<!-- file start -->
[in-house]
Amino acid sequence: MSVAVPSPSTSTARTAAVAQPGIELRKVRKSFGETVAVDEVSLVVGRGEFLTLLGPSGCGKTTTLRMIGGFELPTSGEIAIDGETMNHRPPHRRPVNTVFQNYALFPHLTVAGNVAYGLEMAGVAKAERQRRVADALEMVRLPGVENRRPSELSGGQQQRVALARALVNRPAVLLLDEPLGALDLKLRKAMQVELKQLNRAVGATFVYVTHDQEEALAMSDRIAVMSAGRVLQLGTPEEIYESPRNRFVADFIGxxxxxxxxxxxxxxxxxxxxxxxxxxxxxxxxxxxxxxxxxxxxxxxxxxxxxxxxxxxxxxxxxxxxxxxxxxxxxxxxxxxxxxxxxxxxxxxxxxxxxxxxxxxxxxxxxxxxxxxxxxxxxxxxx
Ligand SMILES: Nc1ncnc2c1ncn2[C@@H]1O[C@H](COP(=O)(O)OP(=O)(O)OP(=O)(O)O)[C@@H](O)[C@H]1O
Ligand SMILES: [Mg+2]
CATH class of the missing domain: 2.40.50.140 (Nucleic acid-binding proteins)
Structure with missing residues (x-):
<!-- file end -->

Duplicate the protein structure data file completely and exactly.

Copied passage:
[in-house]
Amino acid sequence: MSVAVPSPSTSTARTAAVAQPGIELRKVRKSFGETVAVDEVSLVVGRGEFLTLLGPSGCGKTTTLRMIGGFELPTSGEIAIDGETMNHRPPHRRPVNTVFQNYALFPHLTVAGNVAYGLEMAGVAKAERQRRVADALEMVRLPGVENRRPSELSGGQQQRVALARALVNRPAVLLLDEPLGALDLKLRKAMQVELKQLNRAVGATFVYVTHDQEEALAMSDRIAVMSAGRVLQLGTPEEIYESPRNRFVADFIGxxxxxxxxxxxxxxxxxxxxxxxxxxxxxxxxxxxxxxxxxxxxxxxxxxxxxxxxxxxxxxxxxxxxxxxxxxxxxxxxxxxxxxxxxxxxxxxxxxxxxxxxxxxxxxxxxxxxxxxxxxxxxxxxx
Ligand SMILES: Nc1ncnc2c1ncn2[C@@H]1O[C@H](COP(=O)(O)OP(=O)(O)OP(=O)(O)O)[C@@H](O)[C@H]1O
Ligand SMILES: [Mg+2]
CATH class of the missing domain: 2.40.50.140 (Nucleic acid-binding proteins)
Structure with missing residues (x-):